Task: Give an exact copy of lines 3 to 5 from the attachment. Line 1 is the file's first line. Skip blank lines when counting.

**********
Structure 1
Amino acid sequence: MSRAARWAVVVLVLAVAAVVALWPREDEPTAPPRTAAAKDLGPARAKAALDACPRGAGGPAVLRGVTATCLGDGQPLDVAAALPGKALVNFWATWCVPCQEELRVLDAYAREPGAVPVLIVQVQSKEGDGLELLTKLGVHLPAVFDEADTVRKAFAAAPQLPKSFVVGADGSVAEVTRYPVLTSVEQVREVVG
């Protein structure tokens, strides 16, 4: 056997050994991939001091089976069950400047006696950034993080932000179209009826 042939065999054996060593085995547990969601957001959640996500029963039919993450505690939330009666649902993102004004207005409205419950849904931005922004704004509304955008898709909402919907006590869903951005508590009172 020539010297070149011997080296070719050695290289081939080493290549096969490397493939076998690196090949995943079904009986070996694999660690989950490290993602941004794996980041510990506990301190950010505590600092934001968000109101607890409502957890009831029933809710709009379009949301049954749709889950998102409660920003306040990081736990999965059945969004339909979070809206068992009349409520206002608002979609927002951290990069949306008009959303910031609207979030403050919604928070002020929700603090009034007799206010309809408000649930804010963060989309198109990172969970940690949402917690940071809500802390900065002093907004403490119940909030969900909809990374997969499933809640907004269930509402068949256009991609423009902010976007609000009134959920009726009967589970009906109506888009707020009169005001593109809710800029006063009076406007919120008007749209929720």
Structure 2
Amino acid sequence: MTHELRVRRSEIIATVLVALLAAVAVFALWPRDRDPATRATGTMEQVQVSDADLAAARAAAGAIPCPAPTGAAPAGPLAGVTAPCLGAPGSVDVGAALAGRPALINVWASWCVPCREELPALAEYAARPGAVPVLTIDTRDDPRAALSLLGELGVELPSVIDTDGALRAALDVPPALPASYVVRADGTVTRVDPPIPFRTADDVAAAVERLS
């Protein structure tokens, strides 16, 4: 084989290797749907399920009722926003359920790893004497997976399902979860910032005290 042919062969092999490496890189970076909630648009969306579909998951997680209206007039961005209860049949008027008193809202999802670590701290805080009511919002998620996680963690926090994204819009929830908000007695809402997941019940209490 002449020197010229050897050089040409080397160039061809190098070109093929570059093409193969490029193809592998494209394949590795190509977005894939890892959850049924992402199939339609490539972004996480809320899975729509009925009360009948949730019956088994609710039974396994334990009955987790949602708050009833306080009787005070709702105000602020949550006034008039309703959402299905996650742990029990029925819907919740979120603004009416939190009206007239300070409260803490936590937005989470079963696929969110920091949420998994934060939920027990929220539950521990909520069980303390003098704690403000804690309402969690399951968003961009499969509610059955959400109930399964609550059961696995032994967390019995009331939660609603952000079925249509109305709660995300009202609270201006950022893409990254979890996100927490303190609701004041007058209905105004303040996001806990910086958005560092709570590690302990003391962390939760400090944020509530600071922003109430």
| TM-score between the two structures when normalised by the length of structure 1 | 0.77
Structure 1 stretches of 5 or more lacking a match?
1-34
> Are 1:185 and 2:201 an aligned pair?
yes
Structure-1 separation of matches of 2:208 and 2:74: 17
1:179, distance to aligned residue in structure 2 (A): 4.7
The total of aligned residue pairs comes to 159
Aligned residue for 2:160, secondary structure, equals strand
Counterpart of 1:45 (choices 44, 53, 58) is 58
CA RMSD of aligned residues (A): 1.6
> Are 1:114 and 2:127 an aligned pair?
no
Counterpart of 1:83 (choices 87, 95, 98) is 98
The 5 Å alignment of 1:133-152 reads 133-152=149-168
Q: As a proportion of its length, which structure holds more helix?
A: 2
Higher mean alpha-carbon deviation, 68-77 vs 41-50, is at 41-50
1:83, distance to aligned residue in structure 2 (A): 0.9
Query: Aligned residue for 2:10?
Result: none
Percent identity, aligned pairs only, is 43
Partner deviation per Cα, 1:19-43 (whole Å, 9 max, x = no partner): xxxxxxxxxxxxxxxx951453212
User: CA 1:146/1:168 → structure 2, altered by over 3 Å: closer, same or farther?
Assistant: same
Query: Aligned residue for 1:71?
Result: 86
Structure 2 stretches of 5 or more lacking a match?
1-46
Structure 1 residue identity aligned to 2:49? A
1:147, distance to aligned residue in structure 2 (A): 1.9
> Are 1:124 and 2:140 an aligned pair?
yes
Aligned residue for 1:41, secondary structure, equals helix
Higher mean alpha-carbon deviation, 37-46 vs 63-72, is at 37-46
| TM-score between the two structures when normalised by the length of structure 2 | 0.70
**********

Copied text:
């Protein structure tokens, strides 16, 4: 056997050994991939001091089976069950400047006696950034993080932000179209009826 042939065999054996060593085995547990969601957001959640996500029963039919993450505690939330009666649902993102004004207005409205419950849904931005922004704004509304955008898709909402919907006590869903951005508590009172 020539010297070149011997080296070719050695290289081939080493290549096969490397493939076998690196090949995943079904009986070996694999660690989950490290993602941004794996980041510990506990301190950010505590600092934001968000109101607890409502957890009831029933809710709009379009949301049954749709889950998102409660920003306040990081736990999965059945969004339909979070809206068992009349409520206002608002979609927002951290990069949306008009959303910031609207979030403050919604928070002020929700603090009034007799206010309809408000649930804010963060989309198109990172969970940690949402917690940071809500802390900065002093907004403490119940909030969900909809990374997969499933809640907004269930509402068949256009991609423009902010976007609000009134959920009726009967589970009906109506888009707020009169005001593109809710800029006063009076406007919120008007749209929720």
Structure 2
Amino acid sequence: MTHELRVRRSEIIATVLVALLAAVAVFALWPRDRDPATRATGTMEQVQVSDADLAAARAAAGAIPCPAPTGAAPAGPLAGVTAPCLGAPGSVDVGAALAGRPALINVWASWCVPCREELPALAEYAARPGAVPVLTIDTRDDPRAALSLLGELGVELPSVIDTDGALRAALDVPPALPASYVVRADGTVTRVDPPIPFRTADDVAAAVERLS